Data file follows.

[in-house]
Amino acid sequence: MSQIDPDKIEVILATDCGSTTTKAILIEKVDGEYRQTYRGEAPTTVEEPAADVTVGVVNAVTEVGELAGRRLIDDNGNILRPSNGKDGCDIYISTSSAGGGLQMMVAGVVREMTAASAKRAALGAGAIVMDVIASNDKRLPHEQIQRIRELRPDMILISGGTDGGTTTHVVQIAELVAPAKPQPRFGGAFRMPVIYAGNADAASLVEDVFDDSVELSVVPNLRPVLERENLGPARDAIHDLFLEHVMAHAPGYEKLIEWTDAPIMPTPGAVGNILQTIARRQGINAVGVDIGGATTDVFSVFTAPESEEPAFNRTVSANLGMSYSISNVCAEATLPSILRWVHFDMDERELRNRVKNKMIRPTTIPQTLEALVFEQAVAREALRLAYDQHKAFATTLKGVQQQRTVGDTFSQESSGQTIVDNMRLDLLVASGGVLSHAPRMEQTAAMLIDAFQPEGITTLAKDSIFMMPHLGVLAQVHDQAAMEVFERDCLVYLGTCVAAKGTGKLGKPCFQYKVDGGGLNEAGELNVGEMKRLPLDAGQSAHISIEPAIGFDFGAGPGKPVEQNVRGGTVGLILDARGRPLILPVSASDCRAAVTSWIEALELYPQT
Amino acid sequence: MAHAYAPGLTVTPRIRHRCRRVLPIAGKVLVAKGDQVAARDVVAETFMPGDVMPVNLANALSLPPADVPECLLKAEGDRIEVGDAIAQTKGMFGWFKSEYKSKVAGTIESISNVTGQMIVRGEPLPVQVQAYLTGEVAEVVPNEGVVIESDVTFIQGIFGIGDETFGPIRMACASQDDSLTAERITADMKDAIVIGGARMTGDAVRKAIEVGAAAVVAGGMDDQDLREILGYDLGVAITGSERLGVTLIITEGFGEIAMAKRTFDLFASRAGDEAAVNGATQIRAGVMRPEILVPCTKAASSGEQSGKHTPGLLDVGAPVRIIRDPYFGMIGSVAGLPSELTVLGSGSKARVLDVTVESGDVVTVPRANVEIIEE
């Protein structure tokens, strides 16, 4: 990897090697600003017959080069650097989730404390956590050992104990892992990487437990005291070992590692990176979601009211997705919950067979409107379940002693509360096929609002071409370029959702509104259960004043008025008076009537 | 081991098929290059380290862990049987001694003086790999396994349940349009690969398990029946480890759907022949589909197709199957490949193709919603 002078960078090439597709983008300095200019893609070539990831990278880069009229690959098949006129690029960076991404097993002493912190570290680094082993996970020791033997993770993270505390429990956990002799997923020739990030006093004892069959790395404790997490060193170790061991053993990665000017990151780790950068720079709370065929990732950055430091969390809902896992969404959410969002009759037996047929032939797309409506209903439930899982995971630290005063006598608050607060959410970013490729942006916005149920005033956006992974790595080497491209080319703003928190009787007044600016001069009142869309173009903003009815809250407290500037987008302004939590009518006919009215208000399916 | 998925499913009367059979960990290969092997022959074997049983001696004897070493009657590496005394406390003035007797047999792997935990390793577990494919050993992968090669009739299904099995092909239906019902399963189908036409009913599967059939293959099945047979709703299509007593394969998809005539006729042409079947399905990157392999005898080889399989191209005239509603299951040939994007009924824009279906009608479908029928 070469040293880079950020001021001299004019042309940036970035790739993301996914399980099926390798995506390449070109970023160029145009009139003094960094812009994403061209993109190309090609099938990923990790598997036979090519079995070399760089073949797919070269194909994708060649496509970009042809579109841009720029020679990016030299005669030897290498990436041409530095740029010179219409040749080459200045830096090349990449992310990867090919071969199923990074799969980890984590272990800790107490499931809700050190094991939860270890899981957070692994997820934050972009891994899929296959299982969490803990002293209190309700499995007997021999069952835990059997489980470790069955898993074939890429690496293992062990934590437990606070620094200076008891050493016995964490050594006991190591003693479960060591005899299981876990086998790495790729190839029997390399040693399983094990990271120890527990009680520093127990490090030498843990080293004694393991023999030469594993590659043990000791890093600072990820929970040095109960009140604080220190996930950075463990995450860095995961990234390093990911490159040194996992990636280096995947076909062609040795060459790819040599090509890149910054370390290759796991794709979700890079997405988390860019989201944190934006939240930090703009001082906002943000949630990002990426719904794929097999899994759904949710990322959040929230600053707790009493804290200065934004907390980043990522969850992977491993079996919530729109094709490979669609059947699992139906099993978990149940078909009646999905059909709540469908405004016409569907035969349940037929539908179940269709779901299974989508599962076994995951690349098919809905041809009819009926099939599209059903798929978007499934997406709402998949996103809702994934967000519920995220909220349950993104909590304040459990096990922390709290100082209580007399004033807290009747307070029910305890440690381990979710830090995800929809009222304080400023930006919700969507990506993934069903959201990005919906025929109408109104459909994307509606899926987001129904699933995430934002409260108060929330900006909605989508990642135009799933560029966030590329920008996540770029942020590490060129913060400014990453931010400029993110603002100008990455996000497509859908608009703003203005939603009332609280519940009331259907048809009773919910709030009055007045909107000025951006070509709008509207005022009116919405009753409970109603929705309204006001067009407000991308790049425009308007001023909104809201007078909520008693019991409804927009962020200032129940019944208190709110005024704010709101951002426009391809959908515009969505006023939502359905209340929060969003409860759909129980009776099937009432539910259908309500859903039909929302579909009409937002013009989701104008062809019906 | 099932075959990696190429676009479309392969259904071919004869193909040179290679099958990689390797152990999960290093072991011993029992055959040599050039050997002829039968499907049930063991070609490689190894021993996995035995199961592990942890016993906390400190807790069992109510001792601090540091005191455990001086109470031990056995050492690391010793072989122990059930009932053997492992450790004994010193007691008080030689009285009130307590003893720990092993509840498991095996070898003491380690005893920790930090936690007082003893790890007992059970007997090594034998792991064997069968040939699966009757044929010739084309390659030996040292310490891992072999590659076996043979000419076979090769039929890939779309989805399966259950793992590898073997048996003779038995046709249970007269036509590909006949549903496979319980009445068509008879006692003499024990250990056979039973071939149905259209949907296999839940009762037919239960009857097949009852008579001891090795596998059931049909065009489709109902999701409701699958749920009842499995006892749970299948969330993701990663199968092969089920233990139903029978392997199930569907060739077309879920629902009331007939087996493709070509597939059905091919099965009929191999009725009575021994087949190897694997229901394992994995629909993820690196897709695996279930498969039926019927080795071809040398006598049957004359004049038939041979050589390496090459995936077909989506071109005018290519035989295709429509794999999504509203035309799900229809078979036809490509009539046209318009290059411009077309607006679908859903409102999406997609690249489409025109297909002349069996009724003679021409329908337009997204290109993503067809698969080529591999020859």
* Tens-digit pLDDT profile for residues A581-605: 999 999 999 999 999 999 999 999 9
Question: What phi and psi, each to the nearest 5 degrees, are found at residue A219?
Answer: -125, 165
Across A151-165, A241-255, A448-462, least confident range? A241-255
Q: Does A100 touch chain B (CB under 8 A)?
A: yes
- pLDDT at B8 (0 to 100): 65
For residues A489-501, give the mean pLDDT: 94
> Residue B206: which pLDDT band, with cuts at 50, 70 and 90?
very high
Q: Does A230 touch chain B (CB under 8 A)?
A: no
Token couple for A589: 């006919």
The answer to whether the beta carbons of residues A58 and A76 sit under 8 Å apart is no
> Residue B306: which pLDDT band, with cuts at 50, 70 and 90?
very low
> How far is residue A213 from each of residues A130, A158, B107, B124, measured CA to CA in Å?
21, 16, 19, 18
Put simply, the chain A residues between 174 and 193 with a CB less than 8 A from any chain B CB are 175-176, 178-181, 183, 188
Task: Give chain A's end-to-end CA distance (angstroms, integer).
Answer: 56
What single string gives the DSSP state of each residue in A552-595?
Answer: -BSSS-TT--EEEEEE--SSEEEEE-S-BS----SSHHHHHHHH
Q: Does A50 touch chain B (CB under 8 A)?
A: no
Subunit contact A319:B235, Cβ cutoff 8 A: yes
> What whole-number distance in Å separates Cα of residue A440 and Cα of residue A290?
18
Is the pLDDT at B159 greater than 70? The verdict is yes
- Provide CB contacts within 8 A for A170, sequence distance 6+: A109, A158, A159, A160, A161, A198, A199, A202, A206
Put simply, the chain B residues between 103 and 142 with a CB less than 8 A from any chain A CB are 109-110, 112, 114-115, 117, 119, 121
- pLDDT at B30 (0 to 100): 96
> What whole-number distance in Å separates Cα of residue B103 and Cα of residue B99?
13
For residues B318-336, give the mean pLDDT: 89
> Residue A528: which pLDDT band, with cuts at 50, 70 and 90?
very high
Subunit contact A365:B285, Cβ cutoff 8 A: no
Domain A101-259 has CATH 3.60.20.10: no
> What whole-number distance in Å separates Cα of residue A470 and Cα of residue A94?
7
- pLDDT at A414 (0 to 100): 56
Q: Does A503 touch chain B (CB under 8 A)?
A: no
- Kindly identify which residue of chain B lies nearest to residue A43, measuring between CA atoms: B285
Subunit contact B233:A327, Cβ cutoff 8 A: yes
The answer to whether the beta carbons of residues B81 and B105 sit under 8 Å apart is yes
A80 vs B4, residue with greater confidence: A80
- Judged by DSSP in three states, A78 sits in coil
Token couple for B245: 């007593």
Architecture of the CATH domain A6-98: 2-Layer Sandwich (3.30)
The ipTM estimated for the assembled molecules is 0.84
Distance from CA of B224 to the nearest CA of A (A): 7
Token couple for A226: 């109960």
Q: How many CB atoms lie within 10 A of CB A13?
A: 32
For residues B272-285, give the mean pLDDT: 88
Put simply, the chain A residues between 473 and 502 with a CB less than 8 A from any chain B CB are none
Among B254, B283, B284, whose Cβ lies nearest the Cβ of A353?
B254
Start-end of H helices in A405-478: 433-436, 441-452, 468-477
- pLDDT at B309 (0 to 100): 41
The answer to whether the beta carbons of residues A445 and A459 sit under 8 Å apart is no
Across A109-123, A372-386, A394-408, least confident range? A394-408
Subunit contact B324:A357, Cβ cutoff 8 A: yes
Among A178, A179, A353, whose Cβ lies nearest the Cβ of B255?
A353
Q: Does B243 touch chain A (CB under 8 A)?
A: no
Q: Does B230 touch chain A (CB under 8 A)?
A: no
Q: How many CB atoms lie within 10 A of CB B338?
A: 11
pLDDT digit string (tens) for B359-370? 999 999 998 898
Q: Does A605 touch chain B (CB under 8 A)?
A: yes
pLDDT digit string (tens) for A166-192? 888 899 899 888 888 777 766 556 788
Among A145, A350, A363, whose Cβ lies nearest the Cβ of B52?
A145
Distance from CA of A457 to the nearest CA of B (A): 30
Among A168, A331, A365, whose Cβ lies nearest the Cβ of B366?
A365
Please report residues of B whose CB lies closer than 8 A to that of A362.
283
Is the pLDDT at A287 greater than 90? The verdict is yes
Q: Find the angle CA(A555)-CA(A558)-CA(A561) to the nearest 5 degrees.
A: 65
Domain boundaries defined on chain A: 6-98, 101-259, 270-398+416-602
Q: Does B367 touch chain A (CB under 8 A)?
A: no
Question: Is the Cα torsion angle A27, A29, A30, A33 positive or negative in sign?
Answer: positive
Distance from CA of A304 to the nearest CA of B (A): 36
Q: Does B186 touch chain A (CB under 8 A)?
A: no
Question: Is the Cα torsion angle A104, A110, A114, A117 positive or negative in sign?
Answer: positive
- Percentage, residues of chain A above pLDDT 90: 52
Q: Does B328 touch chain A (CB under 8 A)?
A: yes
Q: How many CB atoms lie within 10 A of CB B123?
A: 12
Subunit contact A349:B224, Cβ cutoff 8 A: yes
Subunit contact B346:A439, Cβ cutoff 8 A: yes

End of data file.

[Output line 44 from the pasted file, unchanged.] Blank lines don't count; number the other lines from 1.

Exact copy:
> What whole-number distance in Å separates Cα of residue A470 and Cα of residue A94?